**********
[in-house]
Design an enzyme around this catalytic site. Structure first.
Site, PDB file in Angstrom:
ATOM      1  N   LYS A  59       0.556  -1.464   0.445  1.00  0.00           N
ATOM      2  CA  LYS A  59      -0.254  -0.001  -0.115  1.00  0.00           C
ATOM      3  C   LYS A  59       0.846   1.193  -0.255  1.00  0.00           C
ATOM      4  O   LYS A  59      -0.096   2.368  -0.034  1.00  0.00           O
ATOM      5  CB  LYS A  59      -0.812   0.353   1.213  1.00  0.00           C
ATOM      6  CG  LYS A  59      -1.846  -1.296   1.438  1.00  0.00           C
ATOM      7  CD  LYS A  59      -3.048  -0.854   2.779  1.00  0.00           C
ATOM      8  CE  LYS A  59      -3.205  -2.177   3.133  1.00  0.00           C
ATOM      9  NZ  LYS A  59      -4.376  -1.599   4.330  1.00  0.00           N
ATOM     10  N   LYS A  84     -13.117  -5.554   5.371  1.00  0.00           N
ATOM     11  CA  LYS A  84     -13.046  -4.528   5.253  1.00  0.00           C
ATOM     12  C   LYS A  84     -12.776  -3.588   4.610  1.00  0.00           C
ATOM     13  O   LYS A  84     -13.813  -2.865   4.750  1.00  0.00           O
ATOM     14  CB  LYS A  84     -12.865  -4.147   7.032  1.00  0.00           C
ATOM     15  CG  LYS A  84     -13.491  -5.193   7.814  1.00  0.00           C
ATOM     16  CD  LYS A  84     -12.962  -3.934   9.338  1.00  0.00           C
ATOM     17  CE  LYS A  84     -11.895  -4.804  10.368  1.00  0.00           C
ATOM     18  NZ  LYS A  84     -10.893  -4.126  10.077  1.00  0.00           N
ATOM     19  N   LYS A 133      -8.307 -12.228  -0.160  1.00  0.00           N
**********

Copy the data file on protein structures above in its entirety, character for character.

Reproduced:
[in-house]
Design an enzyme around this catalytic site. Structure first.
Site, PDB file in Angstrom:
ATOM      1  N   LYS A  59       0.556  -1.464   0.445  1.00  0.00           N
ATOM      2  CA  LYS A  59      -0.254  -0.001  -0.115  1.00  0.00           C
ATOM      3  C   LYS A  59       0.846   1.193  -0.255  1.00  0.00           C
ATOM      4  O   LYS A  59      -0.096   2.368  -0.034  1.00  0.00           O
ATOM      5  CB  LYS A  59      -0.812   0.353   1.213  1.00  0.00           C
ATOM      6  CG  LYS A  59      -1.846  -1.296   1.438  1.00  0.00           C
ATOM      7  CD  LYS A  59      -3.048  -0.854   2.779  1.00  0.00           C
ATOM      8  CE  LYS A  59      -3.205  -2.177   3.133  1.00  0.00           C
ATOM      9  NZ  LYS A  59      -4.376  -1.599   4.330  1.00  0.00           N
ATOM     10  N   LYS A  84     -13.117  -5.554   5.371  1.00  0.00           N
ATOM     11  CA  LYS A  84     -13.046  -4.528   5.253  1.00  0.00           C
ATOM     12  C   LYS A  84     -12.776  -3.588   4.610  1.00  0.00           C
ATOM     13  O   LYS A  84     -13.813  -2.865   4.750  1.00  0.00           O
ATOM     14  CB  LYS A  84     -12.865  -4.147   7.032  1.00  0.00           C
ATOM     15  CG  LYS A  84     -13.491  -5.193   7.814  1.00  0.00           C
ATOM     16  CD  LYS A  84     -12.962  -3.934   9.338  1.00  0.00           C
ATOM     17  CE  LYS A  84     -11.895  -4.804  10.368  1.00  0.00           C
ATOM     18  NZ  LYS A  84     -10.893  -4.126  10.077  1.00  0.00           N
ATOM     19  N   LYS A 133      -8.307 -12.228  -0.160  1.00  0.00           N